GPU Performance - GLBenchmark 2.1

While Intel's Atom core is a newcomer to Android, the PowerVR SGX 540 used in Medfield's SoC has been around the block quite a bit. Most recently, Samsung's Galaxy Nexus used an OMAP 4 that features the same SGX 540 GPU. The GPU clock is a bit higher than we're used to at 400MHz (vs 304MHz for the Galaxy Nexus), but otherwise the design and its performance are both known quantities.

We start with GLBenchmark, one of the better Android GPU tests on the market today. There are two benchmarks, Egypt and Pro, and each is run in two modes: native screen resolution and offscreen (vsync disabled) at 720p. The latter is more useful for apples to apples comparisons as everything is rendering the same number of pixels, whereas performance in the onscreen tests is determined by the screen resolution of the device along with the performance of its GPU.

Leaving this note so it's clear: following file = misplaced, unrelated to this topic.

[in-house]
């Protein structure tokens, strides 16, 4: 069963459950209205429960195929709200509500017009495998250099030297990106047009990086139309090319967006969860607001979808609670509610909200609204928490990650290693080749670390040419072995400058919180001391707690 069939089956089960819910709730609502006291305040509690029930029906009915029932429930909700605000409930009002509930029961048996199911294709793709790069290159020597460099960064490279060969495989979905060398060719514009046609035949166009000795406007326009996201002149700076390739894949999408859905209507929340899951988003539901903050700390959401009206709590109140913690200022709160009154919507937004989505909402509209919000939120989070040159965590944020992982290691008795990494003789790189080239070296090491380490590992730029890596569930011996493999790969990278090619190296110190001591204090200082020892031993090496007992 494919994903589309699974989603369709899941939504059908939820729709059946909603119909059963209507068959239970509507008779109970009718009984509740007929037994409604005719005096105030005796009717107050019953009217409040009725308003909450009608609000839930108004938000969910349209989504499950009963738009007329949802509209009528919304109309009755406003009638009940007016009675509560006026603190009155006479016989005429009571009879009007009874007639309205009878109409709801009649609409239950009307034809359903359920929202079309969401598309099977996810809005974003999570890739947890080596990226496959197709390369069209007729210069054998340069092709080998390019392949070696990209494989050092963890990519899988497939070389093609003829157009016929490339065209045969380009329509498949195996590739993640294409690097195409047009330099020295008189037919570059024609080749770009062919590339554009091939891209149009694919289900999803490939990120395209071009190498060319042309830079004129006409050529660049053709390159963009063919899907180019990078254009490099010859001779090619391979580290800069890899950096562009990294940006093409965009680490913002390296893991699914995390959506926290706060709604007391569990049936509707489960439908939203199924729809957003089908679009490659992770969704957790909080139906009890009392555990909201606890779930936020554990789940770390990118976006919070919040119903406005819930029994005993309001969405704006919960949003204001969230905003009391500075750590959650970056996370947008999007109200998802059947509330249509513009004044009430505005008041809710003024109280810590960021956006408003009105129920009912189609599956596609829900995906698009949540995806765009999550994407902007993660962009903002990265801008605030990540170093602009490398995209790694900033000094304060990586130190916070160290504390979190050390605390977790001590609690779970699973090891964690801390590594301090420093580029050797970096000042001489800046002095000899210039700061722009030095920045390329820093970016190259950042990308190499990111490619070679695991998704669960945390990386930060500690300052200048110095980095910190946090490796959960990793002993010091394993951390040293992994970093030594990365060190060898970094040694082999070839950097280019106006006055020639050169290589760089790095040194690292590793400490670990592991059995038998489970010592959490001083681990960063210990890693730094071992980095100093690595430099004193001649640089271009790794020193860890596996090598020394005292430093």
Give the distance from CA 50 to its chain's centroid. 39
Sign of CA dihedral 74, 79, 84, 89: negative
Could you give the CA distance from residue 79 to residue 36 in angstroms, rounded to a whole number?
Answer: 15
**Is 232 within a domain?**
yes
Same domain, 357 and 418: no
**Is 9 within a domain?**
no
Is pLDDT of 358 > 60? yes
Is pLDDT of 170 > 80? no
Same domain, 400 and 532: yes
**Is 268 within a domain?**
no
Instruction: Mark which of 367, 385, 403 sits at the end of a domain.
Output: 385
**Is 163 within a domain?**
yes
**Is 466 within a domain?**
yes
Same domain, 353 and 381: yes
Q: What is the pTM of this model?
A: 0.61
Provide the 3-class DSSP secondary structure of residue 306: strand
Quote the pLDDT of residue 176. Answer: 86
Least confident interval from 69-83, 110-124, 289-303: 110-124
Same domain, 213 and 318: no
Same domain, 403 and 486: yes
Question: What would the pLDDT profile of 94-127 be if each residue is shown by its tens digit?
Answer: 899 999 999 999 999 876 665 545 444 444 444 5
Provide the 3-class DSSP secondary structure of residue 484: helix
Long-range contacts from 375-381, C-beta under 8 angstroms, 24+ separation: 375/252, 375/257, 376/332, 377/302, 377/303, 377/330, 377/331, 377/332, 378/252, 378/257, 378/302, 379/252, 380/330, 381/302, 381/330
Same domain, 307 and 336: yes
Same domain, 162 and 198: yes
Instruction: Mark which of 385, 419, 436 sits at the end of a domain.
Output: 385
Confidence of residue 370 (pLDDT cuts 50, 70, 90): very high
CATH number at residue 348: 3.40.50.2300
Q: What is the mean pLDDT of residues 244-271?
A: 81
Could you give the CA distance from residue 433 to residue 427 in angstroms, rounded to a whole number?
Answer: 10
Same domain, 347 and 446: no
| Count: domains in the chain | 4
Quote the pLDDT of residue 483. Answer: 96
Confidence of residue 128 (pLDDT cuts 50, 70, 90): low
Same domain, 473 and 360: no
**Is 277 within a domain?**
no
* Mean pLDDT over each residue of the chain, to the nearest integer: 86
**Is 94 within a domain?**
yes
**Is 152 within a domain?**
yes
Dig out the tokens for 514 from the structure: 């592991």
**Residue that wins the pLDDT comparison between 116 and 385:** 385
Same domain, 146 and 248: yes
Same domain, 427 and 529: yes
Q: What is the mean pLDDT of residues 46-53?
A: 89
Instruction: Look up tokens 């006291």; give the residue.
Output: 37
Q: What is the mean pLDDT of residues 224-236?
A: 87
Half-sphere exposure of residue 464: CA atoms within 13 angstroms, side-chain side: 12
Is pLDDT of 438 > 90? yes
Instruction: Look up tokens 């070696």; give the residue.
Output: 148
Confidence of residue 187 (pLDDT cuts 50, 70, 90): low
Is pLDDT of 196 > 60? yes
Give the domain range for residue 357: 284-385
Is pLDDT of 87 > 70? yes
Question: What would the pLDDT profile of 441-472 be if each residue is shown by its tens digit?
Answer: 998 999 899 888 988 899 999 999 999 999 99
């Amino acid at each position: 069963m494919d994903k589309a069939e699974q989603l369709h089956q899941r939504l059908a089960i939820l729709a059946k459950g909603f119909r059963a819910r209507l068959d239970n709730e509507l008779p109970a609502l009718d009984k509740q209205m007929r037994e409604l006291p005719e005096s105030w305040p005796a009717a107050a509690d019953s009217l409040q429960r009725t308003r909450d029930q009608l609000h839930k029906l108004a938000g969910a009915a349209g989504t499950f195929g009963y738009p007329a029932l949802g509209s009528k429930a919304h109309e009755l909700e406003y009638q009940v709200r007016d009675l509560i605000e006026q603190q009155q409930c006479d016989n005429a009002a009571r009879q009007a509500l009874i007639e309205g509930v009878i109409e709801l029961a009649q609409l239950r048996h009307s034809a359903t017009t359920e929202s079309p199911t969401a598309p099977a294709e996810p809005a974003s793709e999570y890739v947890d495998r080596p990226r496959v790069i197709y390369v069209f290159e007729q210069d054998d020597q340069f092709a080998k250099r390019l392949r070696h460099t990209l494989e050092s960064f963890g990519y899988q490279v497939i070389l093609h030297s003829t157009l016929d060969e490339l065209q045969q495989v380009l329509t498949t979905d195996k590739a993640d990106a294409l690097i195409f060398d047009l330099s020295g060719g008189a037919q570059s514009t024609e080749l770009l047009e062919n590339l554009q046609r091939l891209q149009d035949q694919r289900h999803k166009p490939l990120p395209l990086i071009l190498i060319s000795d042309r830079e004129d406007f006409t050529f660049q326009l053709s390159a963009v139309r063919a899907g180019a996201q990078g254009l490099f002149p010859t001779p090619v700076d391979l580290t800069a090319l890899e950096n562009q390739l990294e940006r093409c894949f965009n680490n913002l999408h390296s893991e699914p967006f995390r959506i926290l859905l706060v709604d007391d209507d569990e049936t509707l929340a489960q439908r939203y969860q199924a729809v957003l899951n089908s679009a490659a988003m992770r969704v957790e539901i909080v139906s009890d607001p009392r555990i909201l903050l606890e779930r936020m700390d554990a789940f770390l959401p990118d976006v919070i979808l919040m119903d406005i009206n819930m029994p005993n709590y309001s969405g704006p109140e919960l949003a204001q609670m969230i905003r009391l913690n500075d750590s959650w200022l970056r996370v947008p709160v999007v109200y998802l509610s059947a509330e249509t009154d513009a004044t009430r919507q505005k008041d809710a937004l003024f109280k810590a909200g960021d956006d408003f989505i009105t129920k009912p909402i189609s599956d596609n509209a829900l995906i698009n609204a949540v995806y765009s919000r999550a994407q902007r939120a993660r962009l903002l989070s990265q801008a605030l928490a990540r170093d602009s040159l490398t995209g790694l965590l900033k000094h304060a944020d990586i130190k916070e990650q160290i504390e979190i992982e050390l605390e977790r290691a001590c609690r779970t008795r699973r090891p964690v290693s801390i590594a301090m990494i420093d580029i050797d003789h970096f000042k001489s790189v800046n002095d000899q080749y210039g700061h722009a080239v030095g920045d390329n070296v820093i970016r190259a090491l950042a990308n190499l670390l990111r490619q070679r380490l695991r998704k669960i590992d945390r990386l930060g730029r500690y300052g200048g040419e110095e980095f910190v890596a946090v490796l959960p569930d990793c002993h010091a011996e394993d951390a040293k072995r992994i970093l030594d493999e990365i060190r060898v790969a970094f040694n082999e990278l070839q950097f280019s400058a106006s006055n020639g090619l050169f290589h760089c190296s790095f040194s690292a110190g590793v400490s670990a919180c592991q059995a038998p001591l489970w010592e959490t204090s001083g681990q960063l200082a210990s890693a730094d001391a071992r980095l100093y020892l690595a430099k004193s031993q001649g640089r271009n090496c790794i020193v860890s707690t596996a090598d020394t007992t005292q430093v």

GLBenchmark 2.1 - Egypt

The X900 falls in just behind the Optimus 3D, which shares the same GPU but is running at a lower resolution. All things considered, the X900 does reasonably well here but it's definitely not leading the pack.

GLBenchmark 2.1 - Egypt - Offscreen (720p)

At the same display resolution and without any vsync limits, the X900 falls significantly behind the cream of the crop. Despite the GPU clock advantage, Medfield is no faster than OMAP 4 in the Galaxy Nexus here which is a bit perplexing. We're either bumping into a memory bandwidth limit or some other CPU/driver limitation. Either way, Intel definitely needs a faster GPU. We'll get it but not until early next year with the 544MP2 in the Atom Z2580.

The Pro results actually show us more of what we expected to see:

GLBenchmark 2.1 - Pro

GLBenchmark 2.1 - Pro - Offscreen (720p)